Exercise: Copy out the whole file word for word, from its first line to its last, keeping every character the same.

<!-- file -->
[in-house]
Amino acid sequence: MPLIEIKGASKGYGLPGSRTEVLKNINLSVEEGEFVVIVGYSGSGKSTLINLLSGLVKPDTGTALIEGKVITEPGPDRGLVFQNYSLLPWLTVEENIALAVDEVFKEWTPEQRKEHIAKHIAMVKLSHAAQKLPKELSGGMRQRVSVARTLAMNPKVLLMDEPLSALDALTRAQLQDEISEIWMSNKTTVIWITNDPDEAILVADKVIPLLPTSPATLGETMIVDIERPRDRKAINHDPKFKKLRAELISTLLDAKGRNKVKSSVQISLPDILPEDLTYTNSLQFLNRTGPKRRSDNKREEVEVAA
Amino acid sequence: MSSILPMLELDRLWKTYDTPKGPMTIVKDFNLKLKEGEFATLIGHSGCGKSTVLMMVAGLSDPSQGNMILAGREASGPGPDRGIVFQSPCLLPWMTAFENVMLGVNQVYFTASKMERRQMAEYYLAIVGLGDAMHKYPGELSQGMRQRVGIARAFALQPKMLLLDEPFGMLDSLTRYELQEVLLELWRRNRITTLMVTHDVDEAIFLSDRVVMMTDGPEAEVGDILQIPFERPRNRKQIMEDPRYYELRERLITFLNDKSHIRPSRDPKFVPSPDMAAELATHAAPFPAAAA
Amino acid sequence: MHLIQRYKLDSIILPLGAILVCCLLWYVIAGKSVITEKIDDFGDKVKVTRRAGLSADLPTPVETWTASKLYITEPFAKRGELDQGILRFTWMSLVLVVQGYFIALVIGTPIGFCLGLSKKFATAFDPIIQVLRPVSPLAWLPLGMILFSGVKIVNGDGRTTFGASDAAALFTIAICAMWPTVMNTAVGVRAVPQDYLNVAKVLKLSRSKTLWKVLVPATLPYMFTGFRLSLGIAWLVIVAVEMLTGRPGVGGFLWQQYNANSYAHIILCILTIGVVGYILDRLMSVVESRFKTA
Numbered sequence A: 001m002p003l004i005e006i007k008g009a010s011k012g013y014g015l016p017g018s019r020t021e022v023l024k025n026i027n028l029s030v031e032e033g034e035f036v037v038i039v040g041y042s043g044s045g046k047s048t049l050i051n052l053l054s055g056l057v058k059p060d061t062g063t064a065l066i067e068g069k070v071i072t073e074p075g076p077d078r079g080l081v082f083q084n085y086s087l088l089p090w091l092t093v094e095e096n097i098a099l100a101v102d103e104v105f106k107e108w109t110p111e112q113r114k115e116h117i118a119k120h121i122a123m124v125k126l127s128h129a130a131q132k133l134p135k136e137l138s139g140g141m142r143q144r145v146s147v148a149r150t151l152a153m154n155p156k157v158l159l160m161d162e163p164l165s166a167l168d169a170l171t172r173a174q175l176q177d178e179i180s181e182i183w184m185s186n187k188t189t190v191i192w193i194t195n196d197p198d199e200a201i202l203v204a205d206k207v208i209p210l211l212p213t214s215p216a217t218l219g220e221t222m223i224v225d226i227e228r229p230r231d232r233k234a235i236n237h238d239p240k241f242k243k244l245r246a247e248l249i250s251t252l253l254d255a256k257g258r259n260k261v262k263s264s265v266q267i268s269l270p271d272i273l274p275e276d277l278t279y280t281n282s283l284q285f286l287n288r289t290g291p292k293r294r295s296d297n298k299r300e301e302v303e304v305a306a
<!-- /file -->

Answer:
[in-house]
Amino acid sequence: MPLIEIKGASKGYGLPGSRTEVLKNINLSVEEGEFVVIVGYSGSGKSTLINLLSGLVKPDTGTALIEGKVITEPGPDRGLVFQNYSLLPWLTVEENIALAVDEVFKEWTPEQRKEHIAKHIAMVKLSHAAQKLPKELSGGMRQRVSVARTLAMNPKVLLMDEPLSALDALTRAQLQDEISEIWMSNKTTVIWITNDPDEAILVADKVIPLLPTSPATLGETMIVDIERPRDRKAINHDPKFKKLRAELISTLLDAKGRNKVKSSVQISLPDILPEDLTYTNSLQFLNRTGPKRRSDNKREEVEVAA
Amino acid sequence: MSSILPMLELDRLWKTYDTPKGPMTIVKDFNLKLKEGEFATLIGHSGCGKSTVLMMVAGLSDPSQGNMILAGREASGPGPDRGIVFQSPCLLPWMTAFENVMLGVNQVYFTASKMERRQMAEYYLAIVGLGDAMHKYPGELSQGMRQRVGIARAFALQPKMLLLDEPFGMLDSLTRYELQEVLLELWRRNRITTLMVTHDVDEAIFLSDRVVMMTDGPEAEVGDILQIPFERPRNRKQIMEDPRYYELRERLITFLNDKSHIRPSRDPKFVPSPDMAAELATHAAPFPAAAA
Amino acid sequence: MHLIQRYKLDSIILPLGAILVCCLLWYVIAGKSVITEKIDDFGDKVKVTRRAGLSADLPTPVETWTASKLYITEPFAKRGELDQGILRFTWMSLVLVVQGYFIALVIGTPIGFCLGLSKKFATAFDPIIQVLRPVSPLAWLPLGMILFSGVKIVNGDGRTTFGASDAAALFTIAICAMWPTVMNTAVGVRAVPQDYLNVAKVLKLSRSKTLWKVLVPATLPYMFTGFRLSLGIAWLVIVAVEMLTGRPGVGGFLWQQYNANSYAHIILCILTIGVVGYILDRLMSVVESRFKTA
Numbered sequence A: 001m002p003l004i005e006i007k008g009a010s011k012g013y014g015l016p017g018s019r020t021e022v023l024k025n026i027n028l029s030v031e032e033g034e035f036v037v038i039v040g041y042s043g044s045g046k047s048t049l050i051n052l053l054s055g056l057v058k059p060d061t062g063t064a065l066i067e068g069k070v071i072t073e074p075g076p077d078r079g080l081v082f083q084n085y086s087l088l089p090w091l092t093v094e095e096n097i098a099l100a101v102d103e104v105f106k107e108w109t110p111e112q113r114k115e116h117i118a119k120h121i122a123m124v125k126l127s128h129a130a131q132k133l134p135k136e137l138s139g140g141m142r143q144r145v146s147v148a149r150t151l152a153m154n155p156k157v158l159l160m161d162e163p164l165s166a167l168d169a170l171t172r173a174q175l176q177d178e179i180s181e182i183w184m185s186n187k188t189t190v191i192w193i194t195n196d197p198d199e200a201i202l203v204a205d206k207v208i209p210l211l212p213t214s215p216a217t218l219g220e221t222m223i224v225d226i227e228r229p230r231d232r233k234a235i236n237h238d239p240k241f242k243k244l245r246a247e248l249i250s251t252l253l254d255a256k257g258r259n260k261v262k263s264s265v266q267i268s269l270p271d272i273l274p275e276d277l278t279y280t281n282s283l284q285f286l287n288r289t290g291p292k293r294r295s296d297n298k299r300e301e302v303e304v305a306a